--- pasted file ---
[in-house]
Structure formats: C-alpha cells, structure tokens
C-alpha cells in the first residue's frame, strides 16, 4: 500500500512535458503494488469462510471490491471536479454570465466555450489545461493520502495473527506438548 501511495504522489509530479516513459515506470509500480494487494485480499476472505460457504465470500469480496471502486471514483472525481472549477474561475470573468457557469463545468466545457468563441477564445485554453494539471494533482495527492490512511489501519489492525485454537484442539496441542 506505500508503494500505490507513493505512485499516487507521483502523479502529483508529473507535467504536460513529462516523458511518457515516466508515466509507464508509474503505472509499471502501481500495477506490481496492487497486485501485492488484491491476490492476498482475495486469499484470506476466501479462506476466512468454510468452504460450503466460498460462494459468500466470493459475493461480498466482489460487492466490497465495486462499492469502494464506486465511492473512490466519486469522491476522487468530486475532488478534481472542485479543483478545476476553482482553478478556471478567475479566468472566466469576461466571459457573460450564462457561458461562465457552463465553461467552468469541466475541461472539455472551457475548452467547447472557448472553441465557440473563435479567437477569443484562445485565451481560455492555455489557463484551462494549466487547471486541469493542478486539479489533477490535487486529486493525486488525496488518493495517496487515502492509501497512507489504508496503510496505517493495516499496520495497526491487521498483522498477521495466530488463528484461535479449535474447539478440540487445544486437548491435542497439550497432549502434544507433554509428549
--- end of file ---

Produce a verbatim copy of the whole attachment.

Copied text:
[in-house]
Structure formats: C-alpha cells, structure tokens
C-alpha cells in the first residue's frame, strides 16, 4: 500500500512535458503494488469462510471490491471536479454570465466555450489545461493520502495473527506438548 501511495504522489509530479516513459515506470509500480494487494485480499476472505460457504465470500469480496471502486471514483472525481472549477474561475470573468457557469463545468466545457468563441477564445485554453494539471494533482495527492490512511489501519489492525485454537484442539496441542 506505500508503494500505490507513493505512485499516487507521483502523479502529483508529473507535467504536460513529462516523458511518457515516466508515466509507464508509474503505472509499471502501481500495477506490481496492487497486485501485492488484491491476490492476498482475495486469499484470506476466501479462506476466512468454510468452504460450503466460498460462494459468500466470493459475493461480498466482489460487492466490497465495486462499492469502494464506486465511492473512490466519486469522491476522487468530486475532488478534481472542485479543483478545476476553482482553478478556471478567475479566468472566466469576461466571459457573460450564462457561458461562465457552463465553461467552468469541466475541461472539455472551457475548452467547447472557448472553441465557440473563435479567437477569443484562445485565451481560455492555455489557463484551462494549466487547471486541469493542478486539479489533477490535487486529486493525486488525496488518493495517496487515502492509501497512507489504508496503510496505517493495516499496520495497526491487521498483522498477521495466530488463528484461535479449535474447539478440540487445544486437548491435542497439550497432549502434544507433554509428549